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Useful Temperate Plants

Hibiscus heterophyllus

Vent.

Malvaceae


The Temperate Database is in the process of being updated, with new records being added and old ones being checked and brought up to date where necessary. This record has not yet been checked and updated.

+ Synonyms

Common Name: Native Rosella

Hibiscus heterophyllus
Flower
Photograph by: Fagg, M.
Image credit to Australian National Botanic Gardens
Hibiscus heterophyllus Hibiscus heterophyllus Hibiscus heterophyllus Hibiscus heterophyllus Hibiscus heterophyllus

General Information

Hibiscus heterophyllus is a Evergreen Shrub up to 1.80 metres tall.
It has edible and miscellaneous uses.

Known Hazards

None known

Botanical References

200
Title
The New RHS Dictionary of Gardening. 1992.
Publication
 
Author
Huxley. A.
Publisher
MacMillan Press
Year
1992
ISBN
0-333-47494-5
Description
Excellent and very comprehensive, though it contains a number of silly mistakes. Readable yet also very detailed.
,
265
Title
Flora of the Sydney Region
Publication
 
Author
Carolin. R. & Tindale. M.
Publisher
Reed. Australia.
Year
1993
ISBN
0730104001
Description
Concise flora with little beyond an extensive key, species descriptions, very brief habitat description.

Range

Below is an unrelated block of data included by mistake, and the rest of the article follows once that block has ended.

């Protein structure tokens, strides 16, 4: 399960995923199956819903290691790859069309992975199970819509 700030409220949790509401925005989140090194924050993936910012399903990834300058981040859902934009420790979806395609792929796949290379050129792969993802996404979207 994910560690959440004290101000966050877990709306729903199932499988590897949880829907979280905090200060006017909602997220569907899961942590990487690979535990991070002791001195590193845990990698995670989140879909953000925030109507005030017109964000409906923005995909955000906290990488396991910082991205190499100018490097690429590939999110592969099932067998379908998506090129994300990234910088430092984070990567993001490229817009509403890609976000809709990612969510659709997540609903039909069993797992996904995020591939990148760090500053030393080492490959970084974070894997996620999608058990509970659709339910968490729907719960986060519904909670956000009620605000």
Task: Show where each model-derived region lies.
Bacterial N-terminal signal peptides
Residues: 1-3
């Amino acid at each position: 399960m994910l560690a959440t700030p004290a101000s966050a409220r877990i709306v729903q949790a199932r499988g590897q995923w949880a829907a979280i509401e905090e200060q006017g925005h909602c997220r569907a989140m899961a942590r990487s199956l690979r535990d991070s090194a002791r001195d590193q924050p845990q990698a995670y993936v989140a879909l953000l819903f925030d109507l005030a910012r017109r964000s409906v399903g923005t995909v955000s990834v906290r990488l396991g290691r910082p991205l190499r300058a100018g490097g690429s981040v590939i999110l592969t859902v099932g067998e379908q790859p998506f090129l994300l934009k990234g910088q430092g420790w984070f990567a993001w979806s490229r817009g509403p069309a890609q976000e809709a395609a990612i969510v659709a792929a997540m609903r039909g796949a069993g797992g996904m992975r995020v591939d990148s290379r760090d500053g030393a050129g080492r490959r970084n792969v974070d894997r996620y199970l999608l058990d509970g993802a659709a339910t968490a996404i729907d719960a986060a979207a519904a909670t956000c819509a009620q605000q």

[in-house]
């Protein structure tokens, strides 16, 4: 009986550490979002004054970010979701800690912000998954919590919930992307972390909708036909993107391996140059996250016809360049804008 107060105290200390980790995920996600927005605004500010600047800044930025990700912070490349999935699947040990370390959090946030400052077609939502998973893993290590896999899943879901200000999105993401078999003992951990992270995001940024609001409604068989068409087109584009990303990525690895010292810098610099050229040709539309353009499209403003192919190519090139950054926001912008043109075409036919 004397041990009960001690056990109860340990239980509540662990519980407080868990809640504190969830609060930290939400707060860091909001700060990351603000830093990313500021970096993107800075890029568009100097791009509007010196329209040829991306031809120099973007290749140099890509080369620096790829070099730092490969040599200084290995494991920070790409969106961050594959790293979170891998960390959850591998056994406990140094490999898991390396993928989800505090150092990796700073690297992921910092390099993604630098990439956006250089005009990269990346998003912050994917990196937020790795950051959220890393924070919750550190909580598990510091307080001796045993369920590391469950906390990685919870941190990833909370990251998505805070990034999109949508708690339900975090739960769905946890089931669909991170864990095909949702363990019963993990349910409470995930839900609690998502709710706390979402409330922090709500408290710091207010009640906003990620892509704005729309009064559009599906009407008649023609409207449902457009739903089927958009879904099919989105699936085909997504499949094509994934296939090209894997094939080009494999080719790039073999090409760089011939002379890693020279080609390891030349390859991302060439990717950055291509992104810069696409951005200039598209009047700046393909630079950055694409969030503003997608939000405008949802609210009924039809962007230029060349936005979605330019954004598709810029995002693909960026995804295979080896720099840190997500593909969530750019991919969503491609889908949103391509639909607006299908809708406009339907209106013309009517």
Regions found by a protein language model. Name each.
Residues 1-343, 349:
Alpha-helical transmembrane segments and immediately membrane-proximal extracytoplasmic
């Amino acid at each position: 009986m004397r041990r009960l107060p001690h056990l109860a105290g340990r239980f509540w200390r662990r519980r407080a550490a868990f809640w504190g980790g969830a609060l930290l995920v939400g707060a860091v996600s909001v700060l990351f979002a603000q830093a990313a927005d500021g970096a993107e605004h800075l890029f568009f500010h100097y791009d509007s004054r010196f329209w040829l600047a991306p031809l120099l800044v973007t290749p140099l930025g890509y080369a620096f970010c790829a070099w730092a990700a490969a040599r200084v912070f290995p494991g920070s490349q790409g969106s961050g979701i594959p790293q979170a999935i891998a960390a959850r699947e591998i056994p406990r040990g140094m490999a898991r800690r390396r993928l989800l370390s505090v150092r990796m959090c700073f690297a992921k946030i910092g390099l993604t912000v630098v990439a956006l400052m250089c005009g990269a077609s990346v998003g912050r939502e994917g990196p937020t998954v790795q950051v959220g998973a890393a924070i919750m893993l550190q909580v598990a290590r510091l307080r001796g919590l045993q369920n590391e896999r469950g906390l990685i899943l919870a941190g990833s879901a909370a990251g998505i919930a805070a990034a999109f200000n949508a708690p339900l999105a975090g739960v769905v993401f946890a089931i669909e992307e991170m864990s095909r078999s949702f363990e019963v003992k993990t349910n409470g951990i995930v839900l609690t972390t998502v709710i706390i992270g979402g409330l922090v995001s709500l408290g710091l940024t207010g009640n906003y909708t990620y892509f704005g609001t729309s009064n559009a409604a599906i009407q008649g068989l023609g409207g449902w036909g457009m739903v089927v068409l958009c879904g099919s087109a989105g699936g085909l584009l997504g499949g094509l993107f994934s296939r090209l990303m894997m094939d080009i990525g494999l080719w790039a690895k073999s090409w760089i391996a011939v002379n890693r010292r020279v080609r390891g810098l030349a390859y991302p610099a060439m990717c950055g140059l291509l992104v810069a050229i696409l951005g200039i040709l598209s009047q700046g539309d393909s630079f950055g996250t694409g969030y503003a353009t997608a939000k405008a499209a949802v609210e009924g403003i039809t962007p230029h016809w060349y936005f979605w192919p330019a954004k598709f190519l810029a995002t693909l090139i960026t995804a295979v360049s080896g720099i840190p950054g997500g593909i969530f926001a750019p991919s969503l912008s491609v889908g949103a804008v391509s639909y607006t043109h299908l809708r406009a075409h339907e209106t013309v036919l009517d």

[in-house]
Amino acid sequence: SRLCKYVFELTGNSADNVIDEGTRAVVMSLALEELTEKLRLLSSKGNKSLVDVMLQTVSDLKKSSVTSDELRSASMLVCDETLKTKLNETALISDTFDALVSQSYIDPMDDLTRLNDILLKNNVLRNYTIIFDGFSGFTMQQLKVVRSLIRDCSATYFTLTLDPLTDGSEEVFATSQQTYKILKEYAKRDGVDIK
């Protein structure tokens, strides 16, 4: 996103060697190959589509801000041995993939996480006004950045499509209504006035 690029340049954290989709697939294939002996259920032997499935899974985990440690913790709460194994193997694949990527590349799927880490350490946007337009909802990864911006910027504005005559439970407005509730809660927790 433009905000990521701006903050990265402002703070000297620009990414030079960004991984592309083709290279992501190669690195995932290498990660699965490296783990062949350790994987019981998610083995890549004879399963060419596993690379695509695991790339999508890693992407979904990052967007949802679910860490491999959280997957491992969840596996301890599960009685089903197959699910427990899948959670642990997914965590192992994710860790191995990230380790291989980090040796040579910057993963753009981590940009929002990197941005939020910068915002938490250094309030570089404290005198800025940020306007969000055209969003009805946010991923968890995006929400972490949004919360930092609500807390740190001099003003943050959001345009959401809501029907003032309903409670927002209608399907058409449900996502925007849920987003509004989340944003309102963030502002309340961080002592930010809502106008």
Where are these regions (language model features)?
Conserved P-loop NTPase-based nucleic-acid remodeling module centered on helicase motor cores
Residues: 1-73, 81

Australia - New South Wales, Queensland.

Habitat

Moist eucalyptus forests, jungle gullies and rainforest edges[
144
Title
Wild Food in Australia.
Publication
 
Author
Cribb. A. B. and J. W.
Publisher
Fontana
Year
1976
ISBN
0-00-634436-4
Description
A very good pocket guide.
,
193
Title
Wild Food Plants of Australia.
Publication
 
Author
Low. T.
Publisher
Angus and Robertson.
Year
1989
ISBN
0-207-14383-8
Description
Well presented, clear information and good photographs. An interesting read for the casual reader as well as the enthusiast
].

Properties

Edibility Rating *  *
HabitEvergreen Shrub
Height1.80 m
PollinatorsInsects
Cultivation StatusWild

Cultivation Details

Prefers a well-drained humus rich fertile soil in full sun[
200
Title
The New RHS Dictionary of Gardening. 1992.
Publication
 
Author
Huxley. A.
Publisher
MacMillan Press
Year
1992
ISBN
0-333-47494-5
Description
Excellent and very comprehensive, though it contains a number of silly mistakes. Readable yet also very detailed.
]. Suitable for waterside plantings[
200
Title
The New RHS Dictionary of Gardening. 1992.
Publication
 
Author
Huxley. A.
Publisher
MacMillan Press
Year
1992
ISBN
0-333-47494-5
Description
Excellent and very comprehensive, though it contains a number of silly mistakes. Readable yet also very detailed.
].
This species is not very hardy in Britain, it is unlikely to succeed outdoors even in the mildest areas of the country. However, it might be possible to grow it as a half-hardy annual, to flower in its first year from seed.

Edible Uses

Leaves and young shoots - raw or cooked. Pleasantly acid[
144
Title
Wild Food in Australia.
Publication
 
Author
Cribb. A. B. and J. W.
Publisher
Fontana
Year
1976
ISBN
0-00-634436-4
Description
A very good pocket guide.
,
177
Title
Plants for Human Consumption.
Publication
 
Author
Kunkel. G.
Publisher
Koeltz Scientific Books
Year
1984
ISBN
3874292169
Description